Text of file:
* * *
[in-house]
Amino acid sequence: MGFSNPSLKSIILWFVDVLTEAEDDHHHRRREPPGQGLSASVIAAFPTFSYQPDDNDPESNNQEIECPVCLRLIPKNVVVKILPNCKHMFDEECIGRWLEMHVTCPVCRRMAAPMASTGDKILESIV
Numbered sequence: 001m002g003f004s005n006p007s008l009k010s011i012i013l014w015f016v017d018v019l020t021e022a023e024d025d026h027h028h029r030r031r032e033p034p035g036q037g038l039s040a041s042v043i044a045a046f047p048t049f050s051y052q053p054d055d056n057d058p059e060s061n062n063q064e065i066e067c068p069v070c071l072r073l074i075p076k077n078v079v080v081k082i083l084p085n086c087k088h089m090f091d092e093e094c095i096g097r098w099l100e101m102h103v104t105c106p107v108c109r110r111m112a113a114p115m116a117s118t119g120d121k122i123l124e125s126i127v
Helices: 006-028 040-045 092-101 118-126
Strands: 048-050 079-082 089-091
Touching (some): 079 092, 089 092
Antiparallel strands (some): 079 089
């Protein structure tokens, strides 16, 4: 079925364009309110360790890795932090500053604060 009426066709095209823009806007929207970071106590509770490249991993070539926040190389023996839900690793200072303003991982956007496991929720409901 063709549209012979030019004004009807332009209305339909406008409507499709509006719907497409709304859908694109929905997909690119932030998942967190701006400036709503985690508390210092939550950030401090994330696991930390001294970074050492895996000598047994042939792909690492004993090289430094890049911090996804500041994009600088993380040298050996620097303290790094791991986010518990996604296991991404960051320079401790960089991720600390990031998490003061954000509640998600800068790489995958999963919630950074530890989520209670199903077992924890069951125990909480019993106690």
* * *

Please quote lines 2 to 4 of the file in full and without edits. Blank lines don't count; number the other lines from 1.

Amino acid sequence: MGFSNPSLKSIILWFVDVLTEAEDDHHHRRREPPGQGLSASVIAAFPTFSYQPDDNDPESNNQEIECPVCLRLIPKNVVVKILPNCKHMFDEECIGRWLEMHVTCPVCRRMAAPMASTGDKILESIV
Numbered sequence: 001m002g003f004s005n006p007s008l009k010s011i012i013l014w015f016v017d018v019l020t021e022a023e024d025d026h027h028h029r030r031r032e033p034p035g036q037g038l039s040a041s042v043i044a045a046f047p048t049f050s051y052q053p054d055d056n057d058p059e060s061n062n063q064e065i066e067c068p069v070c071l072r073l074i075p076k077n078v079v080v081k082i083l084p085n086c087k088h089m090f091d092e093e094c095i096g097r098w099l100e101m102h103v104t105c106p107v108c109r110r111m112a113a114p115m116a117s118t119g120d121k122i123l124e125s126i127v
Helices: 006-028 040-045 092-101 118-126